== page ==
Number 4: Windows

Windows casuse a great deal of heat loss because they are made of glass, which is poor insulator. You have probably noticed that it’s colder when you stand by a window. If a home energy audit finds that your home is losing a great deal of heat through windows there are options to correct this.

Adding storm windows can reduce heat loss between 10-20%. Installing plastic sheets on your existing windows will reflect heat back into the house as well as preventing heat gains in the summer as it blocks heat from traveling through the glass, into the home. This is an easy DIY project for homeowners, fairly inexpensive, and can easily be applied using a hair dryer. Should you decide to just install new windows, be sure to choose Energy Star rated energy efficient options.

Number 5: The ceiling

Some portion of your home’s heat will be lost through the ceiling. Should a home energy audit reveal that a lot of your heat is escaping through the ceiling and into the attic, additional insulation may be necessary.. Measure the thickness of the insulation in the attic and if it is less than 11 inches of fiberglass or wool, or less than 8 inches of cellulose, you need more.

If the attic is well insulated, consider adding insulation to the attic access door.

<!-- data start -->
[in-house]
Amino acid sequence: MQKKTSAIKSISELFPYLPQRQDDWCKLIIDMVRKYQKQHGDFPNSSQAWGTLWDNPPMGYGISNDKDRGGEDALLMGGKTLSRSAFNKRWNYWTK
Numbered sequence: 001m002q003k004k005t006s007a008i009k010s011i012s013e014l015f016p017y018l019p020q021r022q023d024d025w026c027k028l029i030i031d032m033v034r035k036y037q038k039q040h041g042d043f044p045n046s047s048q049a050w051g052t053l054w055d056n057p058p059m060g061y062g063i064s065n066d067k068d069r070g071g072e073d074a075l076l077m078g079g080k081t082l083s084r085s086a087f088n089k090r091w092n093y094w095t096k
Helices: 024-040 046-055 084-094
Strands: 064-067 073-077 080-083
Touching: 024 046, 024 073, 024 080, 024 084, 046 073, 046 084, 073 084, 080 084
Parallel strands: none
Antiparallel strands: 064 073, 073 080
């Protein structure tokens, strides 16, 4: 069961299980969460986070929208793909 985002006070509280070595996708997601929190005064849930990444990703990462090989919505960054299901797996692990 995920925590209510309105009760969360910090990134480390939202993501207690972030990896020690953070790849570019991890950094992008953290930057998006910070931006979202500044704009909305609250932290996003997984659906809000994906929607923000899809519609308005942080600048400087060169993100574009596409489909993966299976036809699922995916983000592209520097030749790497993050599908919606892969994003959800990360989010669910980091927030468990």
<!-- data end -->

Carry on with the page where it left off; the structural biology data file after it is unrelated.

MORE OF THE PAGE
Number 6: Doors

Believe it or not, the least of the places of heat loss is through your home’s doors. An energy audit may find your door is causing significant heat loss and that might mean its a good time to purchase a new one. The best insulating doors are steel and fiberglass doors, rather than wooden doors. Be sure to choose and Energy Star rated door. Remember, glass is a poor insulator, so even though doors with large areas of glass may be more attractive, they can be areas of heat loss for your home.

Number 7: Basement Floors

They may be the smallest area of loss, but in a large home it can be significant. There are a few ways to insulate a basement floor. Typically this floor is concrete, and as such, you can just install flooring such as carpet or tile over it. This may not improve things much however. You can also attach wood sleepers to the floor,  then fill the gaps with a rigid-foam insulation and then apply a finish flooring product. Alternatively, you can cover the slab with rigid-foam insulation product and then add two layers of plywood topped by a finished flooring product. It is wise to have a professional do these things in a basement as sealing up a basement floor needs to be done correctly. By properly installing a vapor barrier over the concrete, you can reduce or eliminate buckling or warping of your flooring from excess moisture that penetrates through porous concrete.


The Liveoak Agency is here to provide extensive insurance selections for your home and property. Call us for a policy review of your insurance today!